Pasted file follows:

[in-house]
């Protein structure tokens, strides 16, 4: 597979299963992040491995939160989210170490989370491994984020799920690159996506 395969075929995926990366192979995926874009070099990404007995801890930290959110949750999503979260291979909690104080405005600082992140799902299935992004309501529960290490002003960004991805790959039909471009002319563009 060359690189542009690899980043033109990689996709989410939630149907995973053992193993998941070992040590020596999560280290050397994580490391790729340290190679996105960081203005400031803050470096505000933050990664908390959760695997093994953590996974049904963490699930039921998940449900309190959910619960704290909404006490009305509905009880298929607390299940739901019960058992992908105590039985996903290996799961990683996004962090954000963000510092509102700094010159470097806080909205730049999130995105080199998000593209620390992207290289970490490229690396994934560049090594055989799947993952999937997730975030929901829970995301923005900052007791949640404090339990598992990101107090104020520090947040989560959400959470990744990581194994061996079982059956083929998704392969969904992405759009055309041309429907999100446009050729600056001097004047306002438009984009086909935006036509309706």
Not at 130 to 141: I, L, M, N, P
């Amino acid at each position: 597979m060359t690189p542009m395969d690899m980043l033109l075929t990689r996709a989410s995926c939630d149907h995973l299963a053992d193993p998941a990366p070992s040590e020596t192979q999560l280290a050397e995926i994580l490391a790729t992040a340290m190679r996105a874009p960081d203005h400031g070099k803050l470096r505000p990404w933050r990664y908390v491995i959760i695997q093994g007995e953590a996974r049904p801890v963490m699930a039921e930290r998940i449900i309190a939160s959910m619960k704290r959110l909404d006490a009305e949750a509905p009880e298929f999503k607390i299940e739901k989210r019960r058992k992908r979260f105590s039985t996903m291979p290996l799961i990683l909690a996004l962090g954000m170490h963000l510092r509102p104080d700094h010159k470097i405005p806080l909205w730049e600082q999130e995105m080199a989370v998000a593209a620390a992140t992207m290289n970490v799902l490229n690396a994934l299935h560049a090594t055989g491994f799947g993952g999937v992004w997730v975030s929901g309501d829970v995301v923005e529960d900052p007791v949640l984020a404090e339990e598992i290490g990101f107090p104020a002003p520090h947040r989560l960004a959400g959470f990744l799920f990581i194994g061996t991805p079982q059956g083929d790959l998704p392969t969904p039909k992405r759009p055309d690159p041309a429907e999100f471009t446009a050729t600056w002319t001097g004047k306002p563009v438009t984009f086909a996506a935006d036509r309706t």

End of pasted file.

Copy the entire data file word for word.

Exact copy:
[in-house]
């Protein structure tokens, strides 16, 4: 597979299963992040491995939160989210170490989370491994984020799920690159996506 395969075929995926990366192979995926874009070099990404007995801890930290959110949750999503979260291979909690104080405005600082992140799902299935992004309501529960290490002003960004991805790959039909471009002319563009 060359690189542009690899980043033109990689996709989410939630149907995973053992193993998941070992040590020596999560280290050397994580490391790729340290190679996105960081203005400031803050470096505000933050990664908390959760695997093994953590996974049904963490699930039921998940449900309190959910619960704290909404006490009305509905009880298929607390299940739901019960058992992908105590039985996903290996799961990683996004962090954000963000510092509102700094010159470097806080909205730049999130995105080199998000593209620390992207290289970490490229690396994934560049090594055989799947993952999937997730975030929901829970995301923005900052007791949640404090339990598992990101107090104020520090947040989560959400959470990744990581194994061996079982059956083929998704392969969904992405759009055309041309429907999100446009050729600056001097004047306002438009984009086909935006036509309706």
Not at 130 to 141: I, L, M, N, P
């Amino acid at each position: 597979m060359t690189p542009m395969d690899m980043l033109l075929t990689r996709a989410s995926c939630d149907h995973l299963a053992d193993p998941a990366p070992s040590e020596t192979q999560l280290a050397e995926i994580l490391a790729t992040a340290m190679r996105a874009p960081d203005h400031g070099k803050l470096r505000p990404w933050r990664y908390v491995i959760i695997q093994g007995e953590a996974r049904p801890v963490m699930a039921e930290r998940i449900i309190a939160s959910m619960k704290r959110l909404d006490a009305e949750a509905p009880e298929f999503k607390i299940e739901k989210r019960r058992k992908r979260f105590s039985t996903m291979p290996l799961i990683l909690a996004l962090g954000m170490h963000l510092r509102p104080d700094h010159k470097i405005p806080l909205w730049e600082q999130e995105m080199a989370v998000a593209a620390a992140t992207m290289n970490v799902l490229n690396a994934l299935h560049a090594t055989g491994f799947g993952g999937v992004w997730v975030s929901g309501d829970v995301v923005e529960d900052p007791v949640l984020a404090e339990e598992i290490g990101f107090p104020a002003p520090h947040r989560l960004a959400g959470f990744l799920f990581i194994g061996t991805p079982q059956g083929d790959l998704p392969t969904p039909k992405r759009p055309d690159p041309a429907e999100f471009t446009a050729t600056w002319t001097g004047k306002p563009v438009t984009f086909a996506a935006d036509r309706t």